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I'm no inlay guru by any means. I mean I've done a lot of blocks and some different shapes like Ibanez style sharkteeth and some custom shapes, but I'll never get into the ornate "scenes" like fish, dragon, vine, etc. But I've always flushed my inlays with a long, flat file. Then you know you aren't going into the wood. I think it's better than a sanding block because the particles and sanding grits can get under there and roll around, inadvertently touching the wood. A file tends to be self sweeping. It pushes any particles out of the way with each stroke. (And it clogs easily, too) But you don't ever have to worry about ruining your board. Besides, I'd say I usually get the radius 98% done, then inlay, and do the final board preparation with the inlays (and binding if there is any) installed and filed flush.

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Setch, thanks. I recall that photo from your LP tutorial. I wondered at the time why the tape versus other methods of marking out inlay. I guess I didn't realize, or forgot from your tut, that the board was radiused.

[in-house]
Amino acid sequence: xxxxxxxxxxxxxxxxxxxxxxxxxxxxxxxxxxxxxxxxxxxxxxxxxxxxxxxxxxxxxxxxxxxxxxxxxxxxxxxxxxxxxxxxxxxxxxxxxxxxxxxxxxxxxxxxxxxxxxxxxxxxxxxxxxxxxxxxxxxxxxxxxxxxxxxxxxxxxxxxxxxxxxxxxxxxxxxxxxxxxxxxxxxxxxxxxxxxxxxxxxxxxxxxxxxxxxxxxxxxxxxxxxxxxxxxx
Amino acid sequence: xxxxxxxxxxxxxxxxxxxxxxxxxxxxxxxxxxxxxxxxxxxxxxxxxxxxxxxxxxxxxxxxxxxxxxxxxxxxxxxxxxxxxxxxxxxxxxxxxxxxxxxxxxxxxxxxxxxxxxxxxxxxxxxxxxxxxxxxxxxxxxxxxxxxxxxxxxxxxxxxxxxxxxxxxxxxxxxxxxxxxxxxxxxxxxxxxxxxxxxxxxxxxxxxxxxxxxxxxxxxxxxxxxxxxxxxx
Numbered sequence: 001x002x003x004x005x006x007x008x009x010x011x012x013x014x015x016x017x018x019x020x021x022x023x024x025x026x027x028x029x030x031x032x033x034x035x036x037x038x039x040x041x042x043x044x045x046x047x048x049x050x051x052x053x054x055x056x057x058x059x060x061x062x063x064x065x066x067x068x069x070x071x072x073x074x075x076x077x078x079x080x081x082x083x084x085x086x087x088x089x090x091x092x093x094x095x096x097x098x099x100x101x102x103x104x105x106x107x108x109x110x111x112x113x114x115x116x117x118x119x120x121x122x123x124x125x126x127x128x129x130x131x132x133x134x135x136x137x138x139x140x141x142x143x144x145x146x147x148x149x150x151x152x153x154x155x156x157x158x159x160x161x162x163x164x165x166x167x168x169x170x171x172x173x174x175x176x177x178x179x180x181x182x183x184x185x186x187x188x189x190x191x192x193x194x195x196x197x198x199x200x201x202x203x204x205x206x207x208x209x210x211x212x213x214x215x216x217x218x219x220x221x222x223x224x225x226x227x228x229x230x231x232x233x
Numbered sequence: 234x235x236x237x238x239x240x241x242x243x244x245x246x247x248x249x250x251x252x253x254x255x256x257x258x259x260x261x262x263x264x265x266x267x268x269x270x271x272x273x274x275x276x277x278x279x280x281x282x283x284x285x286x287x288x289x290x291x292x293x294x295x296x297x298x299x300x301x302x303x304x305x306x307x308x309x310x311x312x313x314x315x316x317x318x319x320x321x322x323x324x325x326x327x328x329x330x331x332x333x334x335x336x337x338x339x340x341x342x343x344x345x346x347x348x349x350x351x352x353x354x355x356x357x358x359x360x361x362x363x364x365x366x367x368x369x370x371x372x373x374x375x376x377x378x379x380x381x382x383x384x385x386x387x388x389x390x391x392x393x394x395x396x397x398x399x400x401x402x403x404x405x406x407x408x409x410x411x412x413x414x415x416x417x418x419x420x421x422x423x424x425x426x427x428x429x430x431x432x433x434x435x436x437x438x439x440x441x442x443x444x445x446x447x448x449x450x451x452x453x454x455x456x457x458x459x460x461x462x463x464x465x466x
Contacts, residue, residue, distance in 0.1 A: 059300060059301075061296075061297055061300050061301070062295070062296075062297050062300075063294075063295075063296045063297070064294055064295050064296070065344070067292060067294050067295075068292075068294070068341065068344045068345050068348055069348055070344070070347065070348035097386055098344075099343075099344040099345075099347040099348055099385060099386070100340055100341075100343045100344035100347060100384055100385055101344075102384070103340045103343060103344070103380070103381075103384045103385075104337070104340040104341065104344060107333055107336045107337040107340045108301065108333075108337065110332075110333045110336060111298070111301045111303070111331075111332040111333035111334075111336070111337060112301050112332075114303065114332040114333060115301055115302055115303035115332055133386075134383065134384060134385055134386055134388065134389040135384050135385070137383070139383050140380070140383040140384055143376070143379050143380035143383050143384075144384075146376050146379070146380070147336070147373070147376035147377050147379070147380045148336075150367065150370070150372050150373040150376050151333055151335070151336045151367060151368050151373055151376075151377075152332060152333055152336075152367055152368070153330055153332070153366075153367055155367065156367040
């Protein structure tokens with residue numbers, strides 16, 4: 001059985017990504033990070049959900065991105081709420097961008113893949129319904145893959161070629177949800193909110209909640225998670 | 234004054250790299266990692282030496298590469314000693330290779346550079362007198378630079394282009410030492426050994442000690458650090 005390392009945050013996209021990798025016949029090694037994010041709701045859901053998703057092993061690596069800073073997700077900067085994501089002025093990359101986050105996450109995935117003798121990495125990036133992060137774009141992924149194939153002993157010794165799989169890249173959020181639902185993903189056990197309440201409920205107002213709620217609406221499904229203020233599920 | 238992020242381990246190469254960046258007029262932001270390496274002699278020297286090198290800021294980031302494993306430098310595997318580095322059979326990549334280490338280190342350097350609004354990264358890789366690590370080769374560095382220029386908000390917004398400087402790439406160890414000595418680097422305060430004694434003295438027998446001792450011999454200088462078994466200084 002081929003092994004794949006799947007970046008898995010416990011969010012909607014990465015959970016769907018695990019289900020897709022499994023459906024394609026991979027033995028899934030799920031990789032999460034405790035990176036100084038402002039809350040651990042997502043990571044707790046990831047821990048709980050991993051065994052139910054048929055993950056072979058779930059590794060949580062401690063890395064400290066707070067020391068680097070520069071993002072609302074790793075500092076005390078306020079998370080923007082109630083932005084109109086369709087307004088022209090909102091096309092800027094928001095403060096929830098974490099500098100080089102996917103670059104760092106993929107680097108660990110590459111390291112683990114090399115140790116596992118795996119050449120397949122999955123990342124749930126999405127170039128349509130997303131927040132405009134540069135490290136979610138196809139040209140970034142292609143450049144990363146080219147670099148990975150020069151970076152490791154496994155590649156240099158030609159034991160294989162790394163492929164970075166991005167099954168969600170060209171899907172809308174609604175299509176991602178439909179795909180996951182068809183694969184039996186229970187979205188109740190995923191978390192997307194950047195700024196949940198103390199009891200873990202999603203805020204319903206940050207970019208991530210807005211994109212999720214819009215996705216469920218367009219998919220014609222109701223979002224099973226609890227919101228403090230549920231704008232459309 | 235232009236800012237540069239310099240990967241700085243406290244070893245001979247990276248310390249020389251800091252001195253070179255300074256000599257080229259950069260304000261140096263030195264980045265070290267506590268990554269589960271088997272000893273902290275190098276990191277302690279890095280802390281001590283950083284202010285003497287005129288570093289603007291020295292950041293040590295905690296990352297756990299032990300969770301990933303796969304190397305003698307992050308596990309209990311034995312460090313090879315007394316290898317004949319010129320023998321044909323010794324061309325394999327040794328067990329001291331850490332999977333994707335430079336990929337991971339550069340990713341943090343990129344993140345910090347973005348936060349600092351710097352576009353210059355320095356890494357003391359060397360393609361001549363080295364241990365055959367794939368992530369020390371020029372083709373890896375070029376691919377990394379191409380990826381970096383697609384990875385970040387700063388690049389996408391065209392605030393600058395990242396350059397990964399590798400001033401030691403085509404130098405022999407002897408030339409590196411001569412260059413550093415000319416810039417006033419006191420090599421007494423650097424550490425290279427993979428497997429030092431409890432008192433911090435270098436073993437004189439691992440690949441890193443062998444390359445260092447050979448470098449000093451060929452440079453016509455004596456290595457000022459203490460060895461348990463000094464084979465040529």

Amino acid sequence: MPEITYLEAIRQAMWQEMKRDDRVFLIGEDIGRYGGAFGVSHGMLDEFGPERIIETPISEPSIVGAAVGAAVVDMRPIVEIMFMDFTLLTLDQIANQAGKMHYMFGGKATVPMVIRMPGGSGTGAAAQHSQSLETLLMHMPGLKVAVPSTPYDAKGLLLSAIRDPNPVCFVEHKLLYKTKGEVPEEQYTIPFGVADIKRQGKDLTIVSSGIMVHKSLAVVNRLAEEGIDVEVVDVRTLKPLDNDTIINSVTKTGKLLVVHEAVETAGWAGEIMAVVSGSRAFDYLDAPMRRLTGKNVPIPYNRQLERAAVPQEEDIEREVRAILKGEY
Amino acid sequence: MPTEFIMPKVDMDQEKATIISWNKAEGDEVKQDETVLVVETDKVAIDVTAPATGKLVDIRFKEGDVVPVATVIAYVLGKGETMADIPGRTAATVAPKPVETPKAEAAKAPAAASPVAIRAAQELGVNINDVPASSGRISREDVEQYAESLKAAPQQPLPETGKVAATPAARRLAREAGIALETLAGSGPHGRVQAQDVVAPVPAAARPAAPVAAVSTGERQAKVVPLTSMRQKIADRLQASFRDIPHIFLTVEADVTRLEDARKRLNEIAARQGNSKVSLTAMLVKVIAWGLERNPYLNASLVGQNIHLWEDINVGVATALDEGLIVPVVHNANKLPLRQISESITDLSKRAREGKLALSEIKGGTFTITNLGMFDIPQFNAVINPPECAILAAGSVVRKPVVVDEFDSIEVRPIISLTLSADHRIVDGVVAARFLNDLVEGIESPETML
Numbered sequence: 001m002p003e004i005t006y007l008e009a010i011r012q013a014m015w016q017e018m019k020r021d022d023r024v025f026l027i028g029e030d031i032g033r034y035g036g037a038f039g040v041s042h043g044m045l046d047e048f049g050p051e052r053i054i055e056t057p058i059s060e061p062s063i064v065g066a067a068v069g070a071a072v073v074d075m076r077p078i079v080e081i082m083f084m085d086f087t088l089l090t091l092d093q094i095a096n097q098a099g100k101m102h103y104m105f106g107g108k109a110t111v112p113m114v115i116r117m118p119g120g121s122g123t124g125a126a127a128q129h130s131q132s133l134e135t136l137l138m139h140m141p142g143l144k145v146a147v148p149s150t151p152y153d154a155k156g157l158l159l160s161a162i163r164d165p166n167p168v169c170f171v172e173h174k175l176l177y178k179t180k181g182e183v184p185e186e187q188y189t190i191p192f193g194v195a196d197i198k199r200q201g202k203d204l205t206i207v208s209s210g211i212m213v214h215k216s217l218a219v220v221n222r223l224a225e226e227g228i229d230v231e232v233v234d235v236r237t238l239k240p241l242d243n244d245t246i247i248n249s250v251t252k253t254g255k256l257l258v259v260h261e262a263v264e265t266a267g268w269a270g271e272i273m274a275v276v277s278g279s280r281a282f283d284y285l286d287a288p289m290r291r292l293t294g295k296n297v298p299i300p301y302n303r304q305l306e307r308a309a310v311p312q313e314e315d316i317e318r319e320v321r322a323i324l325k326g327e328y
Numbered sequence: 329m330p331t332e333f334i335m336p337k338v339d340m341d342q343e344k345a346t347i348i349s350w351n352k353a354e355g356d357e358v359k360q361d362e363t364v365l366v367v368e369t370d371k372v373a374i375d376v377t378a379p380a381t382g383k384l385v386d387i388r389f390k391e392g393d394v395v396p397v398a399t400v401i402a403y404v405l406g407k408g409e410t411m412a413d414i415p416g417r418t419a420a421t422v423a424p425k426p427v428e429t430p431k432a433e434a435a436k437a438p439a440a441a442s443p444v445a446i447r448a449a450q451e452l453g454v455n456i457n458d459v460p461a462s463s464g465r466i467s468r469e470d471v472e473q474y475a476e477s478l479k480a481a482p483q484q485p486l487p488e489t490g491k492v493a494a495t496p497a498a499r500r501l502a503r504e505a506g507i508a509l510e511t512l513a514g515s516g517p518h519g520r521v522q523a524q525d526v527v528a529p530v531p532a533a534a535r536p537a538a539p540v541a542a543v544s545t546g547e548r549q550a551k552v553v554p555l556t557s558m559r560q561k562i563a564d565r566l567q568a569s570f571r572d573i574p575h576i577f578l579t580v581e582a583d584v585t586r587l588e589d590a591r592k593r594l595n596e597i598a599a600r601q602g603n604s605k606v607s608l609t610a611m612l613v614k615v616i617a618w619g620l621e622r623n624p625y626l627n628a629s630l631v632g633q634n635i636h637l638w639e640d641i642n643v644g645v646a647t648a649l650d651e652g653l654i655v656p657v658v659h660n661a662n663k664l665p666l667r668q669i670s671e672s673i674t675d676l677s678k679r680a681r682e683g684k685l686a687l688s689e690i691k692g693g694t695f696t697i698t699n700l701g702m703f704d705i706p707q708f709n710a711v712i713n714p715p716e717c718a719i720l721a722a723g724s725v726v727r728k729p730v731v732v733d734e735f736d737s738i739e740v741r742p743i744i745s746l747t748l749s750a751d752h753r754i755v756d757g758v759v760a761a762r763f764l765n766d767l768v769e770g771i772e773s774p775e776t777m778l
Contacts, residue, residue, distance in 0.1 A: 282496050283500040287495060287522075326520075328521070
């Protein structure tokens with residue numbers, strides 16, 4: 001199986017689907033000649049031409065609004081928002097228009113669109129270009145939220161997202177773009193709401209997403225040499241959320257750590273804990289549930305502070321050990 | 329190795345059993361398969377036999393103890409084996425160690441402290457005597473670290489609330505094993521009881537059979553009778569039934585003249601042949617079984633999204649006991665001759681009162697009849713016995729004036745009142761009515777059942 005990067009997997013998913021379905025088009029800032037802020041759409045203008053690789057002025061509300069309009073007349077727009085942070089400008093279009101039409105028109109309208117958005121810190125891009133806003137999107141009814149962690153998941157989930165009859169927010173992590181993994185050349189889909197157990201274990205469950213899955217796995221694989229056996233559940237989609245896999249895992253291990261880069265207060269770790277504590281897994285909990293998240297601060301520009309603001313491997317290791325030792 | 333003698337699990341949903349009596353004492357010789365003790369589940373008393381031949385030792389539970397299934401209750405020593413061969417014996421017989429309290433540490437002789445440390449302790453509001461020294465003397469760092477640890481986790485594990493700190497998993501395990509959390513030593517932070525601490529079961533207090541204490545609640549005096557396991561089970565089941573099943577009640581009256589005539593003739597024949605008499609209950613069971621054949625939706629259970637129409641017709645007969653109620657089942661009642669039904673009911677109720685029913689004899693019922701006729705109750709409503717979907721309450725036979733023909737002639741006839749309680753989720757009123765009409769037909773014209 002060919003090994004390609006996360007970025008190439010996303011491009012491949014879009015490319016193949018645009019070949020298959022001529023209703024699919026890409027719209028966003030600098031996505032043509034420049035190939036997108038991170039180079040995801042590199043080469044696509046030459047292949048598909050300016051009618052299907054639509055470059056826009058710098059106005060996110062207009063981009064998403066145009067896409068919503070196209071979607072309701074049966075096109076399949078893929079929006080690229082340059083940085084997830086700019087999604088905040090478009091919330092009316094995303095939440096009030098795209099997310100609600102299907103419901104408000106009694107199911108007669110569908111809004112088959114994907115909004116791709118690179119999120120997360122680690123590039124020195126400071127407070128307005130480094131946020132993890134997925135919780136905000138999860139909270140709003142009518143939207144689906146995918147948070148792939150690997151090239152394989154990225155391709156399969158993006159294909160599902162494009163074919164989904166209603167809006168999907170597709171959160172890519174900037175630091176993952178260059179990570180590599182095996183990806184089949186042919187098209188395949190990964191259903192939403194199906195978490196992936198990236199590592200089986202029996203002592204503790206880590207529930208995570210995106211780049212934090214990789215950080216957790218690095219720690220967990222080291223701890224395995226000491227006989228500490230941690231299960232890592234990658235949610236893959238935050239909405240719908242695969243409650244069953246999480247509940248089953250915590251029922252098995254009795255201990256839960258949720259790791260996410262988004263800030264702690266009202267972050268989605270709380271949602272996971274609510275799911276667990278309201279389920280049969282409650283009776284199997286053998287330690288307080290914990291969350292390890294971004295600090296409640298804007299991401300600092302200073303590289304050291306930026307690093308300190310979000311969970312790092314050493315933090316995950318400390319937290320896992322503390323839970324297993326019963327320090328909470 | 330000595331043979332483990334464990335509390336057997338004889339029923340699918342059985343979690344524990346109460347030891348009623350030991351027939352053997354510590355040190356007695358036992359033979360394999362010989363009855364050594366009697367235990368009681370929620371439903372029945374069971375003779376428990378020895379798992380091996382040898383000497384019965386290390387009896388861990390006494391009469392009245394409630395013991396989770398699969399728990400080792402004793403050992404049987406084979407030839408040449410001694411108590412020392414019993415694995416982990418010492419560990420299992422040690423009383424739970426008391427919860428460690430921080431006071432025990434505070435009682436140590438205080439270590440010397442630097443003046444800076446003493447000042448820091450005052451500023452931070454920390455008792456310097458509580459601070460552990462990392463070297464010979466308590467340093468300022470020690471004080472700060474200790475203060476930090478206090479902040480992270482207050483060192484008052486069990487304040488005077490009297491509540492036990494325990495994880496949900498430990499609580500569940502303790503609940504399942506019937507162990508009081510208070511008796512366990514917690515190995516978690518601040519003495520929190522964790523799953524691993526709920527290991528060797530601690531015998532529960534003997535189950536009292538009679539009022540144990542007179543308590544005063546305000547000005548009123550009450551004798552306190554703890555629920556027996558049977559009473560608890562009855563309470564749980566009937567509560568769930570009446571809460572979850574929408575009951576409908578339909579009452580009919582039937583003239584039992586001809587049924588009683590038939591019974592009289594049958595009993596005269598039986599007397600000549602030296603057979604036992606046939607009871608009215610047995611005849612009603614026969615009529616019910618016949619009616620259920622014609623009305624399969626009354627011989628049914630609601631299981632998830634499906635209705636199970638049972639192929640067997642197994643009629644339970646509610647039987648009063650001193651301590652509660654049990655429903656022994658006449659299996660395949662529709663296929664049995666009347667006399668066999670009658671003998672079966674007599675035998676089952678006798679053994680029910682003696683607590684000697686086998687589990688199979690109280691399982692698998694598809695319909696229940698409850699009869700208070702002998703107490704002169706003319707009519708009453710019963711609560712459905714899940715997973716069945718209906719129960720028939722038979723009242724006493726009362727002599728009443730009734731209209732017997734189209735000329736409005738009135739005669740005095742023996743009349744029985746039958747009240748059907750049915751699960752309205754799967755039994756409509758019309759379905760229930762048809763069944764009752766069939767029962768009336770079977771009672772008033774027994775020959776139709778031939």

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I really like using a file like Frank as well, files are really interesting in that they will take down shell with ease, but they don't seem to cut wood worth a damn, very handy when taking down an inlay. The only thing to be very careful of is to not use to coarse of a file or it will catch on the shell edges and chip them.

Then, like Craig, when there is only a tiny bit of glue left, I go to the same radius block I used to make my fretboard (I make all my own boards) and use some 320 to take the final amount down. One thing I find with Shell is it is very hard to remove scratches from if you go to deep, if you go right to the wood with 180 or so you have to remove more wood just to get the scratches out of the shell.